All of this has occurred without any specific intention. Much of my grief has been deeply private, moments you will never see and experiences I don’t want to share. The public part of my grief started as a way to give voice to the unbearable and has continued as a way to understand the world I now live in. Every time someone responded to one of my grief posts I knew I was less alone. That helped immeasurably.

More times that I can count this blog and you, the readers, have saved my life. Thank you. I never expected that when I began it way back when. In the midst of the most difficult thing I have ever experienced, being observed meant I chose to continue.

Now, 9 years and some 796 entries later (which means very roughly 70,000 words) I find myself here. I am maintaining two blogs (this one and my organizational storytelling blog) which means three entries a week, and occasional posts in my food blog. I am forced to have good writing habits to maintain this level of content. I rarely have more than 150 readers for a given post, which is very few in the blogosphere, but I continue.

I continue because the observer effect has made me a better writer. Knowing someone will read what I write makes me take more time, put more thought into it and craft it more than I might otherwise. The observer effect means I know I’m not alone. At least a few people read each post, even if it may not be as many as I might like. Knowing that I have shared my thoughts with someone has kept me going through some very dark nights. The observer effect has made me a better person. It means that just maybe something I’ve said has helped someone. And that’s the best part of all.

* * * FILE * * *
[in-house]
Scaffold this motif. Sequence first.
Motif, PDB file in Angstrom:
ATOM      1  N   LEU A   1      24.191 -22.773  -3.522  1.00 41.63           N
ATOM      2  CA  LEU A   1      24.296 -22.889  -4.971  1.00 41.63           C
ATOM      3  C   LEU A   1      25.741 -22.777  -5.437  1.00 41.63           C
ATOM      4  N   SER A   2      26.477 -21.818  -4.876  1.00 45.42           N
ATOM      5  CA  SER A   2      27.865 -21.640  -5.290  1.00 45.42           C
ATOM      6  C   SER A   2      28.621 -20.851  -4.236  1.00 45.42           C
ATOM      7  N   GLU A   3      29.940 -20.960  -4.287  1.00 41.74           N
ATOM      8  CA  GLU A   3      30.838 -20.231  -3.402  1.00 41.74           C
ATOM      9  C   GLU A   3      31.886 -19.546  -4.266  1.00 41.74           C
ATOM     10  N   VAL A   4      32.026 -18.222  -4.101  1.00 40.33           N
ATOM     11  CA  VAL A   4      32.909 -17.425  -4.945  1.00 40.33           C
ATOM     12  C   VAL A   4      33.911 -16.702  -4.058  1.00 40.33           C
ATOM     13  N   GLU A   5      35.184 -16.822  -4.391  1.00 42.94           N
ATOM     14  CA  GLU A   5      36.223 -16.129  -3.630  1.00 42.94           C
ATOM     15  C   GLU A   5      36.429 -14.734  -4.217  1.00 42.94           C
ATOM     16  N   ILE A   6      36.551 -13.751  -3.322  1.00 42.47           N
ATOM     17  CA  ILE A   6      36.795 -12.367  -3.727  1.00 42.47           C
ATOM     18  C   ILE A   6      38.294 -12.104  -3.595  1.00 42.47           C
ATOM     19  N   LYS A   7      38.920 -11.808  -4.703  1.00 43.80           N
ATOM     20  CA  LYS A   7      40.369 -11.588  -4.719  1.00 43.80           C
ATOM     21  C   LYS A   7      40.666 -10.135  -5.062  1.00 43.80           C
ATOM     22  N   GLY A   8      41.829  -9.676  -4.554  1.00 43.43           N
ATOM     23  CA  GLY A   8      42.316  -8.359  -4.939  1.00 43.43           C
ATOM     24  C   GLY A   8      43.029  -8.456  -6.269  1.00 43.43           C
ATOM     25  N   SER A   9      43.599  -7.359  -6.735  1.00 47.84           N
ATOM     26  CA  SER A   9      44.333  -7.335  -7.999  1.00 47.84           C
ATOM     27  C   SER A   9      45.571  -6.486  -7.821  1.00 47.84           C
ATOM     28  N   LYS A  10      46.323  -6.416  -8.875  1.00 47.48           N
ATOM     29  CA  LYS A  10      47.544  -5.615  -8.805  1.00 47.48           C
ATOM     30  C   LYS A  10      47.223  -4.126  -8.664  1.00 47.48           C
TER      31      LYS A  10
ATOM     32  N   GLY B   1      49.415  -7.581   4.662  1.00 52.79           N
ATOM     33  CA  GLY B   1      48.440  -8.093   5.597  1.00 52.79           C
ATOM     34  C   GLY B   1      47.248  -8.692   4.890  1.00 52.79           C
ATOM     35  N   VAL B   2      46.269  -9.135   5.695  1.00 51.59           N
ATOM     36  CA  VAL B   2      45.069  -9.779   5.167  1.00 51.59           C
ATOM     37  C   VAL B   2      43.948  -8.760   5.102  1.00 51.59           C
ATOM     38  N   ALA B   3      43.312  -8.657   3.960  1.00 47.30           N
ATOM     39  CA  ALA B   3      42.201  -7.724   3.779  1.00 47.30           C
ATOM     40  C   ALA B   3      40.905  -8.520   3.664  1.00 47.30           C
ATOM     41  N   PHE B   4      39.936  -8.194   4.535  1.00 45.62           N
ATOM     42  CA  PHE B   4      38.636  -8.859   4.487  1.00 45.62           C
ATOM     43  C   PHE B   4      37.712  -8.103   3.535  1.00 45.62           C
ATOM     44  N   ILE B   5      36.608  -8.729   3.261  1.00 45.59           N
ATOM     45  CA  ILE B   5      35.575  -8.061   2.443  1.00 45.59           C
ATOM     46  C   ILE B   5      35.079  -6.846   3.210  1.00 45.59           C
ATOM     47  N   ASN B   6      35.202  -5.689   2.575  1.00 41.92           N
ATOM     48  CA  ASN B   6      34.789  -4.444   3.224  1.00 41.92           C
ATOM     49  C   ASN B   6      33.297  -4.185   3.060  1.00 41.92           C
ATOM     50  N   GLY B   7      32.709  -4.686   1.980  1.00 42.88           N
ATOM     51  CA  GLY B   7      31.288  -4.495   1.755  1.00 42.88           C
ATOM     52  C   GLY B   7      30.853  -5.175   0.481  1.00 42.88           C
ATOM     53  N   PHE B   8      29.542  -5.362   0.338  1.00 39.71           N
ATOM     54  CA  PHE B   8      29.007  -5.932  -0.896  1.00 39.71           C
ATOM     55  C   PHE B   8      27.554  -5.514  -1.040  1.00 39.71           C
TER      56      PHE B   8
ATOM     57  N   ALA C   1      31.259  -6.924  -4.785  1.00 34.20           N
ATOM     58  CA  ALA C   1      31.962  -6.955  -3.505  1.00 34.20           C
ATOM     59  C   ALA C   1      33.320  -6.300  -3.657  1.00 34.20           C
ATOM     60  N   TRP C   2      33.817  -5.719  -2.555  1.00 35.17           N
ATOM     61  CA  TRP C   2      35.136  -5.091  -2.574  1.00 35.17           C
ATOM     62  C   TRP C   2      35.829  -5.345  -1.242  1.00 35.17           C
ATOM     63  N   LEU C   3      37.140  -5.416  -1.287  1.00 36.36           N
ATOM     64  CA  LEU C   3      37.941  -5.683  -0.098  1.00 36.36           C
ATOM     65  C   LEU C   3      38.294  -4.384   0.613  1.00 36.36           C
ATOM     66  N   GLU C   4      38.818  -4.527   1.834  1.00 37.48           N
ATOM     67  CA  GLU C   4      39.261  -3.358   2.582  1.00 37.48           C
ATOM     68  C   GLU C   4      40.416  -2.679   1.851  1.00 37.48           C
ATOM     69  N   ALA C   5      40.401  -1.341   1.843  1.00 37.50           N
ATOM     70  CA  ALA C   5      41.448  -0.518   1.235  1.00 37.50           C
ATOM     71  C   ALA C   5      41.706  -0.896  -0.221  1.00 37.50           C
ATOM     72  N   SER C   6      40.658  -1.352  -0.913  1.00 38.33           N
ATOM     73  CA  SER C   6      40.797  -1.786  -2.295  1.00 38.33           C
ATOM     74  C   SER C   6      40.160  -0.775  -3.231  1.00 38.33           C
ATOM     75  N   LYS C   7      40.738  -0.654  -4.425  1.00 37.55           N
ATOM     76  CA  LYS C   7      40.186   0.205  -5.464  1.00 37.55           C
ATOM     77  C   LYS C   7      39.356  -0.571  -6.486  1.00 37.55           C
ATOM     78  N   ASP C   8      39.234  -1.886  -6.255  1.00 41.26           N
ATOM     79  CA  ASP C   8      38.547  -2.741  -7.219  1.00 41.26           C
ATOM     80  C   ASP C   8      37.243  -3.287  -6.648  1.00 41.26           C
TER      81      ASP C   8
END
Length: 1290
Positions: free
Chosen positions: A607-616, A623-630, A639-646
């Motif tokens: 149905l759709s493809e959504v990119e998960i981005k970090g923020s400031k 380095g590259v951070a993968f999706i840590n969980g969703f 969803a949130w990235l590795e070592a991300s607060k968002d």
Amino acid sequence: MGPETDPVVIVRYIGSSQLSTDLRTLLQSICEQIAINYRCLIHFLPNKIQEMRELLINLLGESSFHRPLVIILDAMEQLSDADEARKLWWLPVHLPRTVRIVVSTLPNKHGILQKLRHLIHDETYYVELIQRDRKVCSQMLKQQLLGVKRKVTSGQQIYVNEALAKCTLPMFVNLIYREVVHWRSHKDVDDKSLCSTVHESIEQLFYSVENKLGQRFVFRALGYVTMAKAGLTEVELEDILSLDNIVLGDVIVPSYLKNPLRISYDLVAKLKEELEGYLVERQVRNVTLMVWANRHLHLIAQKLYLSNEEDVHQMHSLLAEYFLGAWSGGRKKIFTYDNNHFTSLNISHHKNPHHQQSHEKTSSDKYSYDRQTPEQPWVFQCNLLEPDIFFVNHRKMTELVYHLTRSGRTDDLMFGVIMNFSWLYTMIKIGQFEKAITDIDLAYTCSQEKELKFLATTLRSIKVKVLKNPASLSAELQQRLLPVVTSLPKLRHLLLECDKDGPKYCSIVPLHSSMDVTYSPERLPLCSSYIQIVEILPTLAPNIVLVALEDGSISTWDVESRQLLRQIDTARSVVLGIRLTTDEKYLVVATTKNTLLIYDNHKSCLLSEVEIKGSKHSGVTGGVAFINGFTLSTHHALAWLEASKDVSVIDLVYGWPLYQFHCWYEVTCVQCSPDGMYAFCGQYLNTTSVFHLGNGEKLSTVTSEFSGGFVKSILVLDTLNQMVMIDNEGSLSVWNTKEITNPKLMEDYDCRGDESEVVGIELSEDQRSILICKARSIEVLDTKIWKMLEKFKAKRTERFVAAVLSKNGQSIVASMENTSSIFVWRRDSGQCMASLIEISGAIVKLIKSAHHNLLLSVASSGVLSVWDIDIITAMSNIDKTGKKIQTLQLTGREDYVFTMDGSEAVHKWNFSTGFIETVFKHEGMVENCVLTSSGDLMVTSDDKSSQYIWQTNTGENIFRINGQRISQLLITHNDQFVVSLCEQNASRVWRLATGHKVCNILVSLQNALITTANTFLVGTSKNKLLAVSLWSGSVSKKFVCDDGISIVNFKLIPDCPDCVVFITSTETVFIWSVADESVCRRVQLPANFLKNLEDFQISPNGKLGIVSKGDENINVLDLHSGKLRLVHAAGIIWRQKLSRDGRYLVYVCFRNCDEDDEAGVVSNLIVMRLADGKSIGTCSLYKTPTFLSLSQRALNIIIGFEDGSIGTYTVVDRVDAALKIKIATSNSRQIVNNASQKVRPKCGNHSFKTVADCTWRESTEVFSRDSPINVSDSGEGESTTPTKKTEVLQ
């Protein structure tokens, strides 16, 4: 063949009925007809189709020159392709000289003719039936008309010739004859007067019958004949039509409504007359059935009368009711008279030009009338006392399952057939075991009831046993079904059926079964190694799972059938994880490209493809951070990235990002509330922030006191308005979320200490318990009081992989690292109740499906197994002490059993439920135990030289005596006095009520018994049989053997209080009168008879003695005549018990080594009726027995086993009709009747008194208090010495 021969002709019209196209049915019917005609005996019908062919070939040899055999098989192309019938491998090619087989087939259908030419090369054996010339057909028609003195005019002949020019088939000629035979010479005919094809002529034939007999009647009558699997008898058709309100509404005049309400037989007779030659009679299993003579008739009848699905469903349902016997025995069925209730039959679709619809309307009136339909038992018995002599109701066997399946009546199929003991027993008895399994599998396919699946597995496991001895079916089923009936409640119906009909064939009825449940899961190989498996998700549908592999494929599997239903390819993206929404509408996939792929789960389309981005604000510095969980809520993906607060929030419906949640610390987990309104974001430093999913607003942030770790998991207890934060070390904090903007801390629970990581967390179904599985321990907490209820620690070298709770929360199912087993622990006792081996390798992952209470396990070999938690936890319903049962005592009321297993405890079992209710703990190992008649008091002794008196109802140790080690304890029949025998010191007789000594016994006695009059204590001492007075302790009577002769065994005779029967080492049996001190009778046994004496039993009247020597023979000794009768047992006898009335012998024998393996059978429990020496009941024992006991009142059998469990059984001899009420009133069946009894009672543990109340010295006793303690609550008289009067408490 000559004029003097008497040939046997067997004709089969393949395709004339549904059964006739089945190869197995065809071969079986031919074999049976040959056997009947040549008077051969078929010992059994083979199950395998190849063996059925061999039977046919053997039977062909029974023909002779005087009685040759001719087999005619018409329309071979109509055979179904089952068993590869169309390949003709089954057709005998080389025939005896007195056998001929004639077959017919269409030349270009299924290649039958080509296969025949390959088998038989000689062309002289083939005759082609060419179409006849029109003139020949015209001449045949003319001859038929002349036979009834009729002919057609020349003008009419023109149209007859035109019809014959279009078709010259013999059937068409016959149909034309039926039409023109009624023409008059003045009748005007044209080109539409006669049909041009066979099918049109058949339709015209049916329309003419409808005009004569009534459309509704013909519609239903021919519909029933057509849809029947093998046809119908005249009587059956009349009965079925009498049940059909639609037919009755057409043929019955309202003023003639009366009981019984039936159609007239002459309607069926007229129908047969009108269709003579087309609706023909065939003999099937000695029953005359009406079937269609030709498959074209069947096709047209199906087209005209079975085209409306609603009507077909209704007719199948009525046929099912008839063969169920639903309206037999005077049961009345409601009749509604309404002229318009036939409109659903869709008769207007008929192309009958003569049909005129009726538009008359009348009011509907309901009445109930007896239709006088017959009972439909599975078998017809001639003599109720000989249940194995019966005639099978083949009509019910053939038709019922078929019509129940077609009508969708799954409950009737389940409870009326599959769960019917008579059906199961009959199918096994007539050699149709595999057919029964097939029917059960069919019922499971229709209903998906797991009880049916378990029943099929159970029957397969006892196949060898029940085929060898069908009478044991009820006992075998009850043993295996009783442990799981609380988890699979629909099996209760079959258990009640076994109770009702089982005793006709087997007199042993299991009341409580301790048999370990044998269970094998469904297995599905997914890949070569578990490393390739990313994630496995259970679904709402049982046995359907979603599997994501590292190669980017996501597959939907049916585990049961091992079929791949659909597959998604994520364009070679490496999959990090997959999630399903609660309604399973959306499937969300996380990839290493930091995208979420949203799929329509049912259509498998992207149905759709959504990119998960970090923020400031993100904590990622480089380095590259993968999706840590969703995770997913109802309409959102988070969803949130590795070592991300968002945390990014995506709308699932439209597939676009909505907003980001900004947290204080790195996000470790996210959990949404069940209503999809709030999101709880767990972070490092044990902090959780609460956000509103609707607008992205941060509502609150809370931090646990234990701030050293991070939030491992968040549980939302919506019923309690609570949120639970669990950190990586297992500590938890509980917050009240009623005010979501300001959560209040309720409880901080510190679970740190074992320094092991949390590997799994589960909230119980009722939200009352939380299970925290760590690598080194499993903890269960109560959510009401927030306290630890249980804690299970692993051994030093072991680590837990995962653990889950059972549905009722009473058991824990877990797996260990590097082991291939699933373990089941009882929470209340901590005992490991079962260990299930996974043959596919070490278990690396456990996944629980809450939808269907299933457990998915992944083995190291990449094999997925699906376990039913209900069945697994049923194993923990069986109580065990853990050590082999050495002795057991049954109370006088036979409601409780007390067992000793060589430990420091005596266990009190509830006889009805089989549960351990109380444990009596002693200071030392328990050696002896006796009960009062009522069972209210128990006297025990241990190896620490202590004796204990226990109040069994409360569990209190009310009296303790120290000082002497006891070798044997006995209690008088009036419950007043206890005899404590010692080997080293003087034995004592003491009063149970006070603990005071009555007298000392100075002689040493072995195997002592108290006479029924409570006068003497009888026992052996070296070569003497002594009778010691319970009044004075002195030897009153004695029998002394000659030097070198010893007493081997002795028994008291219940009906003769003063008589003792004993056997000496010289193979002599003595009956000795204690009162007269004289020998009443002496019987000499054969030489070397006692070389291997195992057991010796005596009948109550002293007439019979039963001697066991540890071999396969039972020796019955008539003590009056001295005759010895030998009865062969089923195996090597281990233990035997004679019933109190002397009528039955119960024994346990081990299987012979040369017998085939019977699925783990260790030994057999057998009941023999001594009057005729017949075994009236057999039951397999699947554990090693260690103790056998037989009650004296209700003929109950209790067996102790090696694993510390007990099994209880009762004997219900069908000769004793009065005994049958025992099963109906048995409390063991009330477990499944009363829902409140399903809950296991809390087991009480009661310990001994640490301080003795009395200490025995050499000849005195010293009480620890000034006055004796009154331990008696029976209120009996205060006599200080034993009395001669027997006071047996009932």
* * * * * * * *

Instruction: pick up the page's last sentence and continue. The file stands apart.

This is the last 2016 post in True Stories, Honest Lies; I’m considering what I want to do with this blog in the coming years. I hope to have more readers. More than that, I hope to continue this experiment with the power of an observed life, written.

I’d love to know about the observer effect in your own life and, more than that, I need to thank you. Your presence on this journey, even if you just stopped by once, has changed me. You’ve made me a better writer, a clearer thinker, and you’ve kept me going through tough times.

You never know what kind of impact you’ll have on someone. I hope some of what I’ve written has helped you. Thank you for keeping an eye on me, and I look forward to continuing to observe the world with you in the coming year.


(c)2016 Laura S. Packer Creative Commons License


  1. More times that I can count this blog and you, LAURA, have saved my life. Thank you. -Shaye McDermott

  2. A thought-full post...thank YOU for the inspiration.

  3. I'm a relatively new observer of your words and stories, and looking forward to more of them in the future.
    Thank you for sharing.